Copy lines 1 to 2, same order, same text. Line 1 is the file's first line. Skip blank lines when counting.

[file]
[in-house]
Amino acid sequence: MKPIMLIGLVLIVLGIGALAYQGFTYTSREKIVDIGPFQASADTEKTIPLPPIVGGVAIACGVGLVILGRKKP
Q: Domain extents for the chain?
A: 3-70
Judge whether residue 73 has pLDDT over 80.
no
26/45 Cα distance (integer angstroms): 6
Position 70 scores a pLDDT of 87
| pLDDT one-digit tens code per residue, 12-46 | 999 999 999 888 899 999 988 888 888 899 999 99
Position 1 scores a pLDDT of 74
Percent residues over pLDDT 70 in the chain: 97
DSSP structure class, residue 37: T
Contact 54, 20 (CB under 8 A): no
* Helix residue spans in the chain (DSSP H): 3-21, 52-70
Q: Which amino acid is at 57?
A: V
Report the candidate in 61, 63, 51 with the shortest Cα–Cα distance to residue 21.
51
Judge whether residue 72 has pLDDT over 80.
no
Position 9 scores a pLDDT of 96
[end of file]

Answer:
[in-house]
Amino acid sequence: MKPIMLIGLVLIVLGIGALAYQGFTYTSREKIVDIGPFQASADTEKTIPLPPIVGGVAIACGVGLVILGRKKP